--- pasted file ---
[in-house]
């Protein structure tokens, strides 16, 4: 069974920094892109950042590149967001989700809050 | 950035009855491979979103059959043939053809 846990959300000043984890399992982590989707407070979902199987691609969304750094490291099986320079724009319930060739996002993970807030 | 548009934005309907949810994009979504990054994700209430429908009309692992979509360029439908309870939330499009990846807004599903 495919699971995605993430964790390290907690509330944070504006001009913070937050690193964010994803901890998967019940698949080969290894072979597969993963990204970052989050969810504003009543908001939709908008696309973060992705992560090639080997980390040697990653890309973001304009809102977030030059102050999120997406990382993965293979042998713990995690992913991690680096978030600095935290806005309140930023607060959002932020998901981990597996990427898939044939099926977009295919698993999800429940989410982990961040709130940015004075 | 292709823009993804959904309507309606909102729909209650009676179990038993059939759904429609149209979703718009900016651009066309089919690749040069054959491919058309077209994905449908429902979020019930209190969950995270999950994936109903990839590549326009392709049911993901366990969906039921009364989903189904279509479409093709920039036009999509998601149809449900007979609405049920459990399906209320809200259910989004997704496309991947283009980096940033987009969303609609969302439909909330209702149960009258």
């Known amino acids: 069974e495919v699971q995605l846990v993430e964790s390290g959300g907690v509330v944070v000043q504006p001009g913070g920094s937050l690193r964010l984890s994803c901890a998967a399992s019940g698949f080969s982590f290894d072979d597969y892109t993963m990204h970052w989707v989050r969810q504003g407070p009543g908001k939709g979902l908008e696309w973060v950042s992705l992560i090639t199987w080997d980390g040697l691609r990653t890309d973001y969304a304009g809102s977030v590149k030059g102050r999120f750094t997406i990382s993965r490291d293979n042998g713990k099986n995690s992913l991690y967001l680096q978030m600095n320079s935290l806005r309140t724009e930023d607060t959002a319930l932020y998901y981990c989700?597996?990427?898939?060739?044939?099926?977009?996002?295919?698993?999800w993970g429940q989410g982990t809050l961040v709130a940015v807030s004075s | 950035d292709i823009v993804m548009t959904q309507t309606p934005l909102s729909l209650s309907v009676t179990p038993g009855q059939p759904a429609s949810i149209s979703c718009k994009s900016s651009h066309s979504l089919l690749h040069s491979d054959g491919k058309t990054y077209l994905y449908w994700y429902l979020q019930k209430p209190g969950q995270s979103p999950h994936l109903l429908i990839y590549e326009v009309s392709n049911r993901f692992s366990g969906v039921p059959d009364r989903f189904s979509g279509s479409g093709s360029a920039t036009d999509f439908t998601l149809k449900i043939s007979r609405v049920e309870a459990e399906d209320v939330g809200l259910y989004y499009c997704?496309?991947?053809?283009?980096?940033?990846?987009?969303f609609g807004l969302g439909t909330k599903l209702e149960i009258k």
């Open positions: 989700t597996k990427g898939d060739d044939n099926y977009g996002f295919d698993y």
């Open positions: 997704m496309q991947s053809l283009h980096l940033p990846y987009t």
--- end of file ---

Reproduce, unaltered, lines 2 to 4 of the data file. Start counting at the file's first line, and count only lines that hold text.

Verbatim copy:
């Protein structure tokens, strides 16, 4: 069974920094892109950042590149967001989700809050 | 950035009855491979979103059959043939053809 846990959300000043984890399992982590989707407070979902199987691609969304750094490291099986320079724009319930060739996002993970807030 | 548009934005309907949810994009979504990054994700209430429908009309692992979509360029439908309870939330499009990846807004599903 495919699971995605993430964790390290907690509330944070504006001009913070937050690193964010994803901890998967019940698949080969290894072979597969993963990204970052989050969810504003009543908001939709908008696309973060992705992560090639080997980390040697990653890309973001304009809102977030030059102050999120997406990382993965293979042998713990995690992913991690680096978030600095935290806005309140930023607060959002932020998901981990597996990427898939044939099926977009295919698993999800429940989410982990961040709130940015004075 | 292709823009993804959904309507309606909102729909209650009676179990038993059939759904429609149209979703718009900016651009066309089919690749040069054959491919058309077209994905449908429902979020019930209190969950995270999950994936109903990839590549326009392709049911993901366990969906039921009364989903189904279509479409093709920039036009999509998601149809449900007979609405049920459990399906209320809200259910989004997704496309991947283009980096940033987009969303609609969302439909909330209702149960009258």
């Known amino acids: 069974e495919v699971q995605l846990v993430e964790s390290g959300g907690v509330v944070v000043q504006p001009g913070g920094s937050l690193r964010l984890s994803c901890a998967a399992s019940g698949f080969s982590f290894d072979d597969y892109t993963m990204h970052w989707v989050r969810q504003g407070p009543g908001k939709g979902l908008e696309w973060v950042s992705l992560i090639t199987w080997d980390g040697l691609r990653t890309d973001y969304a304009g809102s977030v590149k030059g102050r999120f750094t997406i990382s993965r490291d293979n042998g713990k099986n995690s992913l991690y967001l680096q978030m600095n320079s935290l806005r309140t724009e930023d607060t959002a319930l932020y998901y981990c989700?597996?990427?898939?060739?044939?099926?977009?996002?295919?698993?999800w993970g429940q989410g982990t809050l961040v709130a940015v807030s004075s | 950035d292709i823009v993804m548009t959904q309507t309606p934005l909102s729909l209650s309907v009676t179990p038993g009855q059939p759904a429609s949810i149209s979703c718009k994009s900016s651009h066309s979504l089919l690749h040069s491979d054959g491919k058309t990054y077209l994905y449908w994700y429902l979020q019930k209430p209190g969950q995270s979103p999950h994936l109903l429908i990839y590549e326009v009309s392709n049911r993901f692992s366990g969906v039921p059959d009364r989903f189904s979509g279509s479409g093709s360029a920039t036009d999509f439908t998601l149809k449900i043939s007979r609405v049920e309870a459990e399906d209320v939330g809200l259910y989004y499009c997704?496309?991947?053809?283009?980096?940033?990846?987009?969303f609609g807004l969302g439909t909330k599903l209702e149960i009258k």
């Open positions: 989700t597996k990427g898939d060739d044939n099926y977009g996002f295919d698993y």